Scientists Use Copper Selenide Nanoclusters To Design A New Generation Of Lithium Batteries

- Mar 01, 2017-

According to the physics website reported that electronic equipment becomes smaller, more powerful, you need faster, smaller, more stable battery, at present, the United States University of Illinois chemist recently developed a solid super-ion conductor, will become a new generation of lithium Battery design basis.

In a recent study published in the journal Nature News, Prashant Jain, a professor of chemistry at the University of Illinois, and SarahWhite and PrognaBanerjee, This material - miniature copper selenide nanoclusters.

"We have witnessed the rapid development of nanoelectronic devices, we need microcells to be placed on the chip, but the use of liquid electrolytes is not achievable. We use nanostructured materials to achieve the core features of lithium-ion battery technology, they have a large number of Heat and mechanical stability, there is no leakage problem, we can make a very thin layer of electrolyte, so we can make the battery miniaturization.

Standard lithium ions and other ion batteries are filled with liquid electrolytes where lithium ions can move through, and when the battery is used, the ions flow in one direction and flow in the opposite direction when the battery is charged. However, there are some shortcomings in the liquid electrolyte: with the battery cycle of the degradation process, the battery needs a larger volume, and easy to leak and a high degree of flammability. This will cause mobile phones, laptops and other electronic devices to explode, but the solid electrolyte is more stable, where the ions move more slowly, greatly reducing the effectiveness of battery applications.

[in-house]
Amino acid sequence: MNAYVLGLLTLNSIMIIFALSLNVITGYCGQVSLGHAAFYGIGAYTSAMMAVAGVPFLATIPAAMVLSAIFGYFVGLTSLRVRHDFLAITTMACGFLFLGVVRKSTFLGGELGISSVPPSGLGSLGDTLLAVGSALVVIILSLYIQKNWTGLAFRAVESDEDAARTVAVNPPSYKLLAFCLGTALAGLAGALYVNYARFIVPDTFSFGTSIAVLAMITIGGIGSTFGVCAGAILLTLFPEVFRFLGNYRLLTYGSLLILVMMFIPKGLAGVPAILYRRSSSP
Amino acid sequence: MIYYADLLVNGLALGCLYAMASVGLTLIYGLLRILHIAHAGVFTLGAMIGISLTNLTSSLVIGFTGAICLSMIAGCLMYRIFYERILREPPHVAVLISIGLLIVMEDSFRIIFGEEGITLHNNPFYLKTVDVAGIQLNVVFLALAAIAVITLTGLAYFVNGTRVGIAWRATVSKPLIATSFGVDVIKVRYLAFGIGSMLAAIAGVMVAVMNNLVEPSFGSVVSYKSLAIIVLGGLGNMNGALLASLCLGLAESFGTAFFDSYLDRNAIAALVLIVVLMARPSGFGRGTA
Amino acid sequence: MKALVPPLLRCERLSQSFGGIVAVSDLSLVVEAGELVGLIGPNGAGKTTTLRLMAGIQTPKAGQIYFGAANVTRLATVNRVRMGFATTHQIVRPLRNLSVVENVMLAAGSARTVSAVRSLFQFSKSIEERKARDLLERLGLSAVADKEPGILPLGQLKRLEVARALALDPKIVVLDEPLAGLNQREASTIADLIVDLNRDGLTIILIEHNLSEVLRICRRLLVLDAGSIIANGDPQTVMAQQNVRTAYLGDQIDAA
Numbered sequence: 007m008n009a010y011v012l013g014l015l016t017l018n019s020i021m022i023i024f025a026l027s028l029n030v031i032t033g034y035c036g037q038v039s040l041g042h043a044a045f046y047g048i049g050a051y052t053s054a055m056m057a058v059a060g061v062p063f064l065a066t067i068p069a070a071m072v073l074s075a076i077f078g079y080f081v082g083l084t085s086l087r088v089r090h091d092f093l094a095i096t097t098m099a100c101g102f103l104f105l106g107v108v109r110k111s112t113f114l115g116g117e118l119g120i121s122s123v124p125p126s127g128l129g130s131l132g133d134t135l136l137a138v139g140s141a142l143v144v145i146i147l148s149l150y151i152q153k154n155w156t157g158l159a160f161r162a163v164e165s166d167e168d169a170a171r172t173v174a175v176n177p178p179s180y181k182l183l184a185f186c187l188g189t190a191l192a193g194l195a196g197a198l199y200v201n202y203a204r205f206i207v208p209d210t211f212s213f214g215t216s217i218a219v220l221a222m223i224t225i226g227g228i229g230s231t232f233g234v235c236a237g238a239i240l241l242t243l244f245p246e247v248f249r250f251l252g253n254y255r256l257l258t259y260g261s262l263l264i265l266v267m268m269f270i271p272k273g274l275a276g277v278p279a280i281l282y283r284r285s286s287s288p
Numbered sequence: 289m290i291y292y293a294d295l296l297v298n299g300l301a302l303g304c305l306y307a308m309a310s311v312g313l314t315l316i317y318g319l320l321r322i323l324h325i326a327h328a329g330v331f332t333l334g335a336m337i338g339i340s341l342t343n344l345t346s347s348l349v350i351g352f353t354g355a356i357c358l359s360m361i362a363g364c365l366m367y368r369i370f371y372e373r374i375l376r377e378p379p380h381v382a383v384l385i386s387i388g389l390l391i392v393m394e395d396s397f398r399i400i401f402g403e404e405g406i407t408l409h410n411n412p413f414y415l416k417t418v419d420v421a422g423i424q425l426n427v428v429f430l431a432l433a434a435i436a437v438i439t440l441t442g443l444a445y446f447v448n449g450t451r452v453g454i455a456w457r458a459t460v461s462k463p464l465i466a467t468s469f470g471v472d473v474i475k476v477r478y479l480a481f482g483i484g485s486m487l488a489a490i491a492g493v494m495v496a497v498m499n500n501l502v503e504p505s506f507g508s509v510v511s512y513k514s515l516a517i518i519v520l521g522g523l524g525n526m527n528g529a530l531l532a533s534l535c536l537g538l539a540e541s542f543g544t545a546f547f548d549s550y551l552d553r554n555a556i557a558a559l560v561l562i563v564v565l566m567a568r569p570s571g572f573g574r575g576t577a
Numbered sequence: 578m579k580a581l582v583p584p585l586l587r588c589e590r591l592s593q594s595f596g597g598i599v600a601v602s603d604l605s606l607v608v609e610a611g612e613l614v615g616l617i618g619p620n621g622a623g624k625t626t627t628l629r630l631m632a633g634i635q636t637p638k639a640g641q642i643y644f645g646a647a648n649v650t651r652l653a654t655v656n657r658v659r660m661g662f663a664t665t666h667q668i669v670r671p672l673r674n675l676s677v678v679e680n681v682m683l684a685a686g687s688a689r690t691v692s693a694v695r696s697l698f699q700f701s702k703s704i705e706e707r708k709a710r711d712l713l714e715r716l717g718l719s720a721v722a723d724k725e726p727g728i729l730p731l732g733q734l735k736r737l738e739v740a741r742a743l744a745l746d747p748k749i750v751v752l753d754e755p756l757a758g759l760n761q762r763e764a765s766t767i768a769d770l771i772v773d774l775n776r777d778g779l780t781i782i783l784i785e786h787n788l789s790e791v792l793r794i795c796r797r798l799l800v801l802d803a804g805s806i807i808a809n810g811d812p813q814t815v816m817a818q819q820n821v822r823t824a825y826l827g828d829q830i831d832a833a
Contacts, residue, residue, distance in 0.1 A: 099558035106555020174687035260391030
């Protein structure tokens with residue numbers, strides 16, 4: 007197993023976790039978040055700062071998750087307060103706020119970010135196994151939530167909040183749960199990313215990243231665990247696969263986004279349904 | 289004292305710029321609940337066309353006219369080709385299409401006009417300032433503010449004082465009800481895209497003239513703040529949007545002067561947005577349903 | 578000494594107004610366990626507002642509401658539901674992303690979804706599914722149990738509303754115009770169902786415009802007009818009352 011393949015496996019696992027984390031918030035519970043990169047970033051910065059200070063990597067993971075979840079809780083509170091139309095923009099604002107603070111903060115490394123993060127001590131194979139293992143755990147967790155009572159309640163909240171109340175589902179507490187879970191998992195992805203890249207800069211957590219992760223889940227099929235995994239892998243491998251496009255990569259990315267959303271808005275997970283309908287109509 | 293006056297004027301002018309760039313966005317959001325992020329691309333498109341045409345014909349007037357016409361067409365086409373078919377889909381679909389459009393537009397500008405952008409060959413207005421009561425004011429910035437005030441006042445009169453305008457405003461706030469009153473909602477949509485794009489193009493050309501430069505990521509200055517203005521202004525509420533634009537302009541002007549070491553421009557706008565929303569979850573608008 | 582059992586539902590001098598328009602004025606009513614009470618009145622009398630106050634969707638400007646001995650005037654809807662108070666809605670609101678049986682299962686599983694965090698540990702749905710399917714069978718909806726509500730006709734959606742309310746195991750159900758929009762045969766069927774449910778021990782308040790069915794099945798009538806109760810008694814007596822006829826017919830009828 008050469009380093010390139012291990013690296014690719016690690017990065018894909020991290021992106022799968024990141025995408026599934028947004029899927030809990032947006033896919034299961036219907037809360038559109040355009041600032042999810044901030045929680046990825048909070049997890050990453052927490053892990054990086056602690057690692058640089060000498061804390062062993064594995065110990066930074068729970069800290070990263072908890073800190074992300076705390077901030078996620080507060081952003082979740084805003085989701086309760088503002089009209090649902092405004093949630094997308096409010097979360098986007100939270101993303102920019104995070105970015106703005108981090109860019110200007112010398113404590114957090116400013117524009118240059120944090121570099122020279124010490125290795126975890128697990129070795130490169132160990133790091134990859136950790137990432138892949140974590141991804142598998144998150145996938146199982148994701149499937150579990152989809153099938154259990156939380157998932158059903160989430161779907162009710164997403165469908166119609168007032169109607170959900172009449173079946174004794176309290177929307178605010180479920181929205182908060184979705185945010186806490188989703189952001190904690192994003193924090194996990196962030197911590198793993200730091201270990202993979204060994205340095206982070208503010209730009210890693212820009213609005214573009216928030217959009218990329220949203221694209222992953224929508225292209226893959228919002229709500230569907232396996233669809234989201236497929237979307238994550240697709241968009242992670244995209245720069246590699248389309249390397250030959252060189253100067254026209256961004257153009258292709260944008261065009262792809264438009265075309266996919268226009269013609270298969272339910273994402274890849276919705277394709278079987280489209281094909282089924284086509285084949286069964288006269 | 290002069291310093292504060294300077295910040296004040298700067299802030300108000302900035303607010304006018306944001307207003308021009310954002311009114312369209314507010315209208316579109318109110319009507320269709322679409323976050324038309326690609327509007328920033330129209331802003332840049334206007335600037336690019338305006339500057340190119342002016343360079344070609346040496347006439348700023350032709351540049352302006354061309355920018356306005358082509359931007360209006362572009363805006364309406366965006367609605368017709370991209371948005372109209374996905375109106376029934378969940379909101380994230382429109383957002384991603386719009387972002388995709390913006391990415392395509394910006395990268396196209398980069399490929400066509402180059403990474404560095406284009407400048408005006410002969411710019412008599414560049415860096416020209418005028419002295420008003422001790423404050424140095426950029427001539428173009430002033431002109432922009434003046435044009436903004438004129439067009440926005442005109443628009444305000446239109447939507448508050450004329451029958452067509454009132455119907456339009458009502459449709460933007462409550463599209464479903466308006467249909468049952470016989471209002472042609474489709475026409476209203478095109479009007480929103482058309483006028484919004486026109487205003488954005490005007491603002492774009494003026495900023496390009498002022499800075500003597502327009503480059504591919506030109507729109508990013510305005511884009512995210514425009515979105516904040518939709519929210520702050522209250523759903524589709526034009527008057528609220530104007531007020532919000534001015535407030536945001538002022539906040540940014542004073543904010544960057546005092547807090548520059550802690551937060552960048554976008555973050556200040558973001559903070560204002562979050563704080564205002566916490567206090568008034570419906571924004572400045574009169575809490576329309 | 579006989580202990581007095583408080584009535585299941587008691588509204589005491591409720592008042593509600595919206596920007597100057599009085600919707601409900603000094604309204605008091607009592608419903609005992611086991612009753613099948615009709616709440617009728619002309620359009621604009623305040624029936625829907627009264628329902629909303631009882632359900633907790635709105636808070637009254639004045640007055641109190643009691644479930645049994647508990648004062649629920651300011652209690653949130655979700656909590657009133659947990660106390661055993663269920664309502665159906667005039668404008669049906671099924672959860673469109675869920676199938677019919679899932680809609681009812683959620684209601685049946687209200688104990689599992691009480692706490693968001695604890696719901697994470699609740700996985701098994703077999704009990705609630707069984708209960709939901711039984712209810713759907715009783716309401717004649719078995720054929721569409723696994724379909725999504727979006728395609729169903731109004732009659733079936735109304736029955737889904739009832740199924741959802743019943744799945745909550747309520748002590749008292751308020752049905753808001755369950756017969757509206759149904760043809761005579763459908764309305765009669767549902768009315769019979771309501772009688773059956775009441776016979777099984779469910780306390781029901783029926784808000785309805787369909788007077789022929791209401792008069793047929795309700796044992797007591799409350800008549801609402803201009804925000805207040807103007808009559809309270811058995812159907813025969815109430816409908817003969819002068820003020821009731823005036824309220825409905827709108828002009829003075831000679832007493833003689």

Copper selenide nanoclusters combine the advantages of liquids and solid electrolytes: solid stability, ions can move freely as in liquid electrolytes. Copper selenide is considered to be a superheavy conductor in a high temperature state, but this miniature nanoclusters have been confirmed for the first time that the substance is a super-ion conductor at room temperature.